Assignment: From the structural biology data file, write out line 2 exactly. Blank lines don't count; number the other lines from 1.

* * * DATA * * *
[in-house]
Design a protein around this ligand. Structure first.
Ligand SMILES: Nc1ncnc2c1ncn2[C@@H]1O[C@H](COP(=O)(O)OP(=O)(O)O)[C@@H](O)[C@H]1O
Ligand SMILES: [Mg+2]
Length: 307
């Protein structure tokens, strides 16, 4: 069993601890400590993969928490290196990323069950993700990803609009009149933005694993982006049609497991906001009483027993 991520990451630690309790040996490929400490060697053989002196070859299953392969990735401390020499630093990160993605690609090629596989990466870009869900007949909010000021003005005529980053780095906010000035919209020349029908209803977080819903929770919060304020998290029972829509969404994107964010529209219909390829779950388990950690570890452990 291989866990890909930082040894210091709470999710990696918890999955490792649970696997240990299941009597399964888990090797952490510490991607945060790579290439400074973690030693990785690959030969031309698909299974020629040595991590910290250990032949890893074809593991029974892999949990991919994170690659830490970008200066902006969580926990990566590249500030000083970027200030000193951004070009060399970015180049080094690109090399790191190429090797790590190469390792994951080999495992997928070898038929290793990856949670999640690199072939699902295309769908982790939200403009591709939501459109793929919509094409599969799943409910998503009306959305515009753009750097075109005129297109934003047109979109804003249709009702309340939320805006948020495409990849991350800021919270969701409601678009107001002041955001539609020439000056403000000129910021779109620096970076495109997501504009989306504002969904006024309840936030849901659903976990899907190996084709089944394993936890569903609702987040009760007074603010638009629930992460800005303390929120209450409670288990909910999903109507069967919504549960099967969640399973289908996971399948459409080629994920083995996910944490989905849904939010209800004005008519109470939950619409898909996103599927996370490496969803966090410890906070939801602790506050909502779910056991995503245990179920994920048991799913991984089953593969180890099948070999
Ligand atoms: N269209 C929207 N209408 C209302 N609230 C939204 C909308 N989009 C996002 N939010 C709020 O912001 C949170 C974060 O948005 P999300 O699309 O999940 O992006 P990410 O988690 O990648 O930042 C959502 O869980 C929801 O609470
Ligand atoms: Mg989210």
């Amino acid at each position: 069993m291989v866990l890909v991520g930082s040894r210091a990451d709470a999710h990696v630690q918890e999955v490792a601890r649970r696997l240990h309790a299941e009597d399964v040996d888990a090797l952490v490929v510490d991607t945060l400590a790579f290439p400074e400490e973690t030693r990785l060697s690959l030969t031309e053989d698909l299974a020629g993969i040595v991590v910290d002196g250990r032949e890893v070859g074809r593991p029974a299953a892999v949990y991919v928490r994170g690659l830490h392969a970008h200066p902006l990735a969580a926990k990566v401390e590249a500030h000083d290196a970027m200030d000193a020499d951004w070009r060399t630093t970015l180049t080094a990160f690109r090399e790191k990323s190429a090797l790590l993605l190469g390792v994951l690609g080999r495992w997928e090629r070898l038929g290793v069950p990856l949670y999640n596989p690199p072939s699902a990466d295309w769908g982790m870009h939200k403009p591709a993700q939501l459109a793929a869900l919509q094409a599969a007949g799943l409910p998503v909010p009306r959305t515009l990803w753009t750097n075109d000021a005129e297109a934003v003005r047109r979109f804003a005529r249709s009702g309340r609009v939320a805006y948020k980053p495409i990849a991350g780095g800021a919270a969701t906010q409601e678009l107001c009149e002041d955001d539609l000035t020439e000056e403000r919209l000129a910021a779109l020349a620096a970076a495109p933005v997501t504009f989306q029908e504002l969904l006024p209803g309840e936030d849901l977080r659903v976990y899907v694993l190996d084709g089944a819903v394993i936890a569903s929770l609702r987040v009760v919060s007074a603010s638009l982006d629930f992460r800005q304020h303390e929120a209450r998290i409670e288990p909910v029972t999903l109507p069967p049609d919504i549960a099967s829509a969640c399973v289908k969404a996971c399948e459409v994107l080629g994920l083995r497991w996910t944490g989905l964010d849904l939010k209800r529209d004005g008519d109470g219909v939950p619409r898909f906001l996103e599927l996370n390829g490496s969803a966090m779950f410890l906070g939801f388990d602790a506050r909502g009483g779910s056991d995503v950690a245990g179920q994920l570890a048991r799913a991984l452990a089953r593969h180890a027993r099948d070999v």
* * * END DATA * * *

Design a protein around this ligand. Structure first.